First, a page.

Never trust a book by its cover. After reading the line on the front of Emma Beddington's memoir, I thought it was about trying and failing to become French - frothy, witty, insightful, I thought, just what I need as a break from my day job writing about a 700-year-old prison.
And it is all those things - the sections where teenage Emma is kicking against her childhood in nice middle-class Yorkshire rang very true. And her recollections of life as an assistante in Normandy took me straight back to my time as a student at the Sorbonne and the foyer where I spent one lovely summer, and Lille where it rained non-stop for three months outside my creepy suburban lodgings and where I won a prize for the unbeatable awfulness of my experience. Then there's her love of cakes - how could I not identify? And the delight she gets from language.
But it is also a book that must have taken an enormous amount of courage to write, since it also covers the ten years following the death of Emma's mother in an horrific accident when fragile Emma with her partner, Olivier, a toddler Theo, baby Louis and a job she hates, ricochet from London to Paris to London to Brussels as she tries to fight her way out of her grief. In the midst of her loving family she becomes increasingly isolated and the more she thinks France is the answer (it so is not), the further adrift she becomes.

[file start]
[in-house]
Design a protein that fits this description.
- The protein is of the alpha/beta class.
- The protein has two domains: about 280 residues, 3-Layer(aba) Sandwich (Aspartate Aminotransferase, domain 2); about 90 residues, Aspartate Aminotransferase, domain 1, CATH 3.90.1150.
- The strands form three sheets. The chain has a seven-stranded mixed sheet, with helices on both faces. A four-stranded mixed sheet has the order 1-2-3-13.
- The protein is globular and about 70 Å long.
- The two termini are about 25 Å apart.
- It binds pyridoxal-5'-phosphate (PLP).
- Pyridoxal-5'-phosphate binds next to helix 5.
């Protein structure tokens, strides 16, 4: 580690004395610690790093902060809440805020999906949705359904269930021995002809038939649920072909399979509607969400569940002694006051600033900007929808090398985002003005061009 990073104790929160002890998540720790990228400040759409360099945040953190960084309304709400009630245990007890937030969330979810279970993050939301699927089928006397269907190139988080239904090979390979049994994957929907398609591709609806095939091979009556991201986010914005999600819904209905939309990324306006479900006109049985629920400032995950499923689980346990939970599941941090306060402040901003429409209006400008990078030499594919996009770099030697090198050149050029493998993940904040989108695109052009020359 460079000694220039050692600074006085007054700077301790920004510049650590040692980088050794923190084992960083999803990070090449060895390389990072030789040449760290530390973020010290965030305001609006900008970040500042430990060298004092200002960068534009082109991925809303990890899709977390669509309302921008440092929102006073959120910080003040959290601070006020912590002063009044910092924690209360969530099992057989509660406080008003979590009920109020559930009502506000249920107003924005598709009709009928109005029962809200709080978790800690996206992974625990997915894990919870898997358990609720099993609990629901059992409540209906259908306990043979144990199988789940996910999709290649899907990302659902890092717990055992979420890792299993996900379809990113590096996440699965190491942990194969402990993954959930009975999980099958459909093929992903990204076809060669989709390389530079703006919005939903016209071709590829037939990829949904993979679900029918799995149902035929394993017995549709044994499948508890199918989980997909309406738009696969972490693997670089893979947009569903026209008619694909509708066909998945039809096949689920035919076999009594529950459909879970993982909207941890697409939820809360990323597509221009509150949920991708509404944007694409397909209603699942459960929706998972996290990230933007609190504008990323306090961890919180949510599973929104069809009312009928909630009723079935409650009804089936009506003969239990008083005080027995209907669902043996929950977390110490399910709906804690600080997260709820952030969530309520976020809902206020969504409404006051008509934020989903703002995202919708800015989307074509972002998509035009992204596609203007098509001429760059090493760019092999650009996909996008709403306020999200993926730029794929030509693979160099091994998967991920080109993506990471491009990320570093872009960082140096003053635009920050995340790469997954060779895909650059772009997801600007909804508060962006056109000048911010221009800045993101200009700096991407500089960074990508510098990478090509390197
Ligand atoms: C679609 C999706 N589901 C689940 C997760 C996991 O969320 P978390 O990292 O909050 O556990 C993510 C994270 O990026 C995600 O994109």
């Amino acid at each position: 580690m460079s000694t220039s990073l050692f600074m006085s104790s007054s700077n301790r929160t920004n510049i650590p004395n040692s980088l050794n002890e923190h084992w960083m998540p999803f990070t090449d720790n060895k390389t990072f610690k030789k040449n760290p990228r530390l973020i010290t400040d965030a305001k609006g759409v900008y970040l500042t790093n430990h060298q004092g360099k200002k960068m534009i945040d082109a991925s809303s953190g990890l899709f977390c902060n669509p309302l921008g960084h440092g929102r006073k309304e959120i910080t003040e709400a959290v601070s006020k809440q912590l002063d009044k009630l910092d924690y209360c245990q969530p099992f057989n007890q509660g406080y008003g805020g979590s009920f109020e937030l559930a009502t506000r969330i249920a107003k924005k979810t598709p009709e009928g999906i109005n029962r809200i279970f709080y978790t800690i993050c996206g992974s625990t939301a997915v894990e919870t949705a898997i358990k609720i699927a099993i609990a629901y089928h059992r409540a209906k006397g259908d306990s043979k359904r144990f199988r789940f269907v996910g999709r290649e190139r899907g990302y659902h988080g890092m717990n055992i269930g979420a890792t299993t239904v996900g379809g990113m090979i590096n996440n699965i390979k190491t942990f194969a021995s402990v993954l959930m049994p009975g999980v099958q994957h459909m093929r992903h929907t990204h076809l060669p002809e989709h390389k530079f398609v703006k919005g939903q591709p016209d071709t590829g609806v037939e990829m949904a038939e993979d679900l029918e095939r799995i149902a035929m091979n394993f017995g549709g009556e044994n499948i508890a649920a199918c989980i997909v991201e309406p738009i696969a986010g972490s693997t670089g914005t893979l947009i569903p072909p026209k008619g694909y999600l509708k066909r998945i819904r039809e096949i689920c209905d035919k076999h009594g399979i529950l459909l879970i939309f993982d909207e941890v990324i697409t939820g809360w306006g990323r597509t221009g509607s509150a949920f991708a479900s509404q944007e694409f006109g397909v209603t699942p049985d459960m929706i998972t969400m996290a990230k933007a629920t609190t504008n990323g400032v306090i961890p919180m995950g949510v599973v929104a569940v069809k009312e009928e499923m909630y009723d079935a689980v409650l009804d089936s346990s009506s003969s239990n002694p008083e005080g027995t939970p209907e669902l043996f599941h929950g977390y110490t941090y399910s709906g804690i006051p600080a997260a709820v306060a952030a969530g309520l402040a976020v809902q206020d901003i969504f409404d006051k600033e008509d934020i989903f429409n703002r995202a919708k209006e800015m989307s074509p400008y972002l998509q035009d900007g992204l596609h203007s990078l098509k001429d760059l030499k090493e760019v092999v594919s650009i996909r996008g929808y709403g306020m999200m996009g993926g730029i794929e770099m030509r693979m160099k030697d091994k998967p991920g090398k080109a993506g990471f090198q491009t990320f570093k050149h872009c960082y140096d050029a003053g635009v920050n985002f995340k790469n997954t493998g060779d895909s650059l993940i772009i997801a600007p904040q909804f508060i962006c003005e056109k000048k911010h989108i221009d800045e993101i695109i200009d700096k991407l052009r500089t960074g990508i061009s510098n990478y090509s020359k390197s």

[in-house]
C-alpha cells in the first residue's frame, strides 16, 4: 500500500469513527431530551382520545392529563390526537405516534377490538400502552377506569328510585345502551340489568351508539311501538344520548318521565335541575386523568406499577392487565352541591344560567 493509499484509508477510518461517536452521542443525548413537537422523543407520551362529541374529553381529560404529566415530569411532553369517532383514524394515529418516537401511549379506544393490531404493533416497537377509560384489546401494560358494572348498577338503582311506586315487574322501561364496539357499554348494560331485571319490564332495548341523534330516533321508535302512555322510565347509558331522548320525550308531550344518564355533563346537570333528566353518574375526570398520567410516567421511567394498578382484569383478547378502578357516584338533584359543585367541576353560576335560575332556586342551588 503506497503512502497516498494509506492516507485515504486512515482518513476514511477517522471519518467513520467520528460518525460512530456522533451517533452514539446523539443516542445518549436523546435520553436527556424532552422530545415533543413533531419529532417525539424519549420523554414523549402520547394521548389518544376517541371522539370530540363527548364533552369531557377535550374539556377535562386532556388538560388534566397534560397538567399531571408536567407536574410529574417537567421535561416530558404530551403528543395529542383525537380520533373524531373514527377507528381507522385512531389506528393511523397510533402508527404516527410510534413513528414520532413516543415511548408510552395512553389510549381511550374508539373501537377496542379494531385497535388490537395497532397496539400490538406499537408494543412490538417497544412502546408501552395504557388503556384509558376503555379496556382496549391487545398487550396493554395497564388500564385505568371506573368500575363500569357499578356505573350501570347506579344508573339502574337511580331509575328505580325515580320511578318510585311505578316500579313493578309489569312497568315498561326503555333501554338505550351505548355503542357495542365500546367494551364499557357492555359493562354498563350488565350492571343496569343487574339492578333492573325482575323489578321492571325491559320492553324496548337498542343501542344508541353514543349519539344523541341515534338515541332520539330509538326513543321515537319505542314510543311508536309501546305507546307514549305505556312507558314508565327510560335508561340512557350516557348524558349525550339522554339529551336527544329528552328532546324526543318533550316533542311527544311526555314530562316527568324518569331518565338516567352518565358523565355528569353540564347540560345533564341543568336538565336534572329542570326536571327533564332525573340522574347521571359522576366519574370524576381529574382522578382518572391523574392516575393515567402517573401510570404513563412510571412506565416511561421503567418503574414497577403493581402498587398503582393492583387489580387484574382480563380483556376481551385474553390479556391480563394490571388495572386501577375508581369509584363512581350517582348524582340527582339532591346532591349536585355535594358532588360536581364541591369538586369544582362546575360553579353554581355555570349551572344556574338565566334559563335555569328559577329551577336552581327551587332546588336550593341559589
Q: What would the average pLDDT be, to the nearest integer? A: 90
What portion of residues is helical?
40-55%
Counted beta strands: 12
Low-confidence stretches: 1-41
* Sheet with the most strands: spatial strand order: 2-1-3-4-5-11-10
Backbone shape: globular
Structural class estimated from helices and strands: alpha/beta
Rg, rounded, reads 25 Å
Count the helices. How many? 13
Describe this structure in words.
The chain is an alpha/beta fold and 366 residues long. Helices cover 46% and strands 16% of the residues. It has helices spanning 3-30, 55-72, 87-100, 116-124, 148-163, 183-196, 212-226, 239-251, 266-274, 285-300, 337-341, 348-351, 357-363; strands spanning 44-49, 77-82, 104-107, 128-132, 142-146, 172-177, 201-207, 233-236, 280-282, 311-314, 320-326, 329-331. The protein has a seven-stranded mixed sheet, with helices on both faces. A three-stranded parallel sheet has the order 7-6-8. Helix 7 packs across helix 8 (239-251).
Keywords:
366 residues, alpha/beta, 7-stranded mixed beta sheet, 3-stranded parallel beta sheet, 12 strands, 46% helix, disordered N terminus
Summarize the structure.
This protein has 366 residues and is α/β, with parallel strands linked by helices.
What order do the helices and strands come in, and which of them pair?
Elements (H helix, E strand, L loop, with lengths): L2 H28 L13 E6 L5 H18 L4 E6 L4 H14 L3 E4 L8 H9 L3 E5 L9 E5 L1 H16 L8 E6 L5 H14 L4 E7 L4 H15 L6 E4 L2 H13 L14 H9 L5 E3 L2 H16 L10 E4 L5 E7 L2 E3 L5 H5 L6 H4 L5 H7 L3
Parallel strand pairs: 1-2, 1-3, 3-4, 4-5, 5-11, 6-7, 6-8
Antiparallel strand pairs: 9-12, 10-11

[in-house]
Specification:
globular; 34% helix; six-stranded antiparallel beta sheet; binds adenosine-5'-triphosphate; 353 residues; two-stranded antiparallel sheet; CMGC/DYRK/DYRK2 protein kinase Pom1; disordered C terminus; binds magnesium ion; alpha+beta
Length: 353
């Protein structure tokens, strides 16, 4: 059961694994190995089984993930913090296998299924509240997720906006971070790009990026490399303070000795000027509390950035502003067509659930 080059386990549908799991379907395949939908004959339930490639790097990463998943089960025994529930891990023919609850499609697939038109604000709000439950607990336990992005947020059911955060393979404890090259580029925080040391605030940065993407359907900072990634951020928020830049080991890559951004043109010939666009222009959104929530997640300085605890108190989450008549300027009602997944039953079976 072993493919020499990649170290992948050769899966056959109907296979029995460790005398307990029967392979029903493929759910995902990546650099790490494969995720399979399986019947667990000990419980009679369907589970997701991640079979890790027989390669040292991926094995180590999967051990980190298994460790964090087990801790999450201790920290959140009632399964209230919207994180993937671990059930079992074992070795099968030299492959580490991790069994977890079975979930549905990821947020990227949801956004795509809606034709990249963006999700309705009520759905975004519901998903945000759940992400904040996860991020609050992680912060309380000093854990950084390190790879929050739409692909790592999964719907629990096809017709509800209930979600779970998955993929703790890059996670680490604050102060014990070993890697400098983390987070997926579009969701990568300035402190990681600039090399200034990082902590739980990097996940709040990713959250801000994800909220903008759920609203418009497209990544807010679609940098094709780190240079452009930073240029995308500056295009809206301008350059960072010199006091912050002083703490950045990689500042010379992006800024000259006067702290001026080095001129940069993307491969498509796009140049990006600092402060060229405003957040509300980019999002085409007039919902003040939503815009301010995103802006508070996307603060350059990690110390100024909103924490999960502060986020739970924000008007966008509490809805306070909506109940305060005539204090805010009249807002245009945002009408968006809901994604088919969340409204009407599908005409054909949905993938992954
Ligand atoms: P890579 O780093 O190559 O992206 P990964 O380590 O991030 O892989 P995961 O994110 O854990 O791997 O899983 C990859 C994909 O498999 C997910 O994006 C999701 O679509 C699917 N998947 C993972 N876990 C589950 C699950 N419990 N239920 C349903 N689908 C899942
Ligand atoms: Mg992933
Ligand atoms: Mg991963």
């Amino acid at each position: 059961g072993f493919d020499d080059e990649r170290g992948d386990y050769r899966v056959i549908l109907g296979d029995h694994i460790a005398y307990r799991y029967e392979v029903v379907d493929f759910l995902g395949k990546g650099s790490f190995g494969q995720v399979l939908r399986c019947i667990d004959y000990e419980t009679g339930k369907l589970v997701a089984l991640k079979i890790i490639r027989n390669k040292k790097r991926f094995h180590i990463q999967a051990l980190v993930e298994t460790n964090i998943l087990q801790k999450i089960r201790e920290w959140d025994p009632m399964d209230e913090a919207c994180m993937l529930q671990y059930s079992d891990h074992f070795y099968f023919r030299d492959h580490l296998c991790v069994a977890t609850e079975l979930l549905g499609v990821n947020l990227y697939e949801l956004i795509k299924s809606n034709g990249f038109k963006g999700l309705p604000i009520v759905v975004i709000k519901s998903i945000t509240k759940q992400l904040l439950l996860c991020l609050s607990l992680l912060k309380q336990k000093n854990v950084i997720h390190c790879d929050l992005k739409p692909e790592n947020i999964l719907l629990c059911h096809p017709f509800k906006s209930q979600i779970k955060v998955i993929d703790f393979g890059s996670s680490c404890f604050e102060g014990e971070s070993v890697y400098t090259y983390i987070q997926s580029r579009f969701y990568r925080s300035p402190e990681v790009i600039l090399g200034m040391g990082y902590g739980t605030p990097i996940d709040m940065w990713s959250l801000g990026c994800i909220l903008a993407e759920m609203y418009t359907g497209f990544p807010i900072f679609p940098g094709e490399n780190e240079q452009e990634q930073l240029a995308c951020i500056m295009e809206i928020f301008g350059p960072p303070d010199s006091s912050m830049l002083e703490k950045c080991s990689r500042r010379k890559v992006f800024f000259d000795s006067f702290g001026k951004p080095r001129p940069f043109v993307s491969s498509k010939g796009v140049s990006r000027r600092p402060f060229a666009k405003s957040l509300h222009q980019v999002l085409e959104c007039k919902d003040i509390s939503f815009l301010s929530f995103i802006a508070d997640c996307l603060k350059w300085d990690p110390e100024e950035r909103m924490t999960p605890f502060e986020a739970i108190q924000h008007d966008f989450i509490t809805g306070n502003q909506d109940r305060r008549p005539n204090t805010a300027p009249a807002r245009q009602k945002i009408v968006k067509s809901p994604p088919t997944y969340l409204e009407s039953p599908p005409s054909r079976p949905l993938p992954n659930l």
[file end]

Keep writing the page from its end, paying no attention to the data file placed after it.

All through, Olivier is kind, patient and supportive until, at last, even he can do no more and then, finally, slowly, alone, she starts to come back to life. Part of that process is the acclaimed blog belgianwaffling.com
This is a searingly honest book, and the writer Emma is never self-pitying or victimy even when the Emma on the page is both. It is funny and witty, sad and painful; in places exasperating and others so full of the miracles of love and compassion it is a wonder. And yes, I cried through most of it - but in A Good Way.
If I'd known all this before I started, I might not have read this book - I was looking for frothy wit after all - and that would have been a shame, because through Emma's ability to bring insight and self-awareness into her closed-off world, I learned so much about grief, the struggle to find oneself and, yes, why I'm not French either.